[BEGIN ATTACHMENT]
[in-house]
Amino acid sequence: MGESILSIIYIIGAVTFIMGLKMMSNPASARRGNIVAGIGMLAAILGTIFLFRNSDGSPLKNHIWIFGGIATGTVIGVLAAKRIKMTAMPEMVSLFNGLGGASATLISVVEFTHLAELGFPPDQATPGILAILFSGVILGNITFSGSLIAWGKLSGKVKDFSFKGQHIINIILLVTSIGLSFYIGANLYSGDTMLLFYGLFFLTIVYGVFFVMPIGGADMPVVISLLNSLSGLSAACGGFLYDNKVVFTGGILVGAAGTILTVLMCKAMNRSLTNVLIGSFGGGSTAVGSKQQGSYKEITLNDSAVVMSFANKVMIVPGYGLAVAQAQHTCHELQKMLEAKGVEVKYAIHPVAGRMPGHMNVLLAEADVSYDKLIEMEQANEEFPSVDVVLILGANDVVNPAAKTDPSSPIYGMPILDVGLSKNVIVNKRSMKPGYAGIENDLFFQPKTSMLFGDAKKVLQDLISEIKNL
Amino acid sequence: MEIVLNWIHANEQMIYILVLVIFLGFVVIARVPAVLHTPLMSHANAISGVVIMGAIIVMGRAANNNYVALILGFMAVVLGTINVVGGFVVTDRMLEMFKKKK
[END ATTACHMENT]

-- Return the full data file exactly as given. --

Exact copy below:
[in-house]
Amino acid sequence: MGESILSIIYIIGAVTFIMGLKMMSNPASARRGNIVAGIGMLAAILGTIFLFRNSDGSPLKNHIWIFGGIATGTVIGVLAAKRIKMTAMPEMVSLFNGLGGASATLISVVEFTHLAELGFPPDQATPGILAILFSGVILGNITFSGSLIAWGKLSGKVKDFSFKGQHIINIILLVTSIGLSFYIGANLYSGDTMLLFYGLFFLTIVYGVFFVMPIGGADMPVVISLLNSLSGLSAACGGFLYDNKVVFTGGILVGAAGTILTVLMCKAMNRSLTNVLIGSFGGGSTAVGSKQQGSYKEITLNDSAVVMSFANKVMIVPGYGLAVAQAQHTCHELQKMLEAKGVEVKYAIHPVAGRMPGHMNVLLAEADVSYDKLIEMEQANEEFPSVDVVLILGANDVVNPAAKTDPSSPIYGMPILDVGLSKNVIVNKRSMKPGYAGIENDLFFQPKTSMLFGDAKKVLQDLISEIKNL
Amino acid sequence: MEIVLNWIHANEQMIYILVLVIFLGFVVIARVPAVLHTPLMSHANAISGVVIMGAIIVMGRAANNNYVALILGFMAVVLGTINVVGGFVVTDRMLEMFKKKK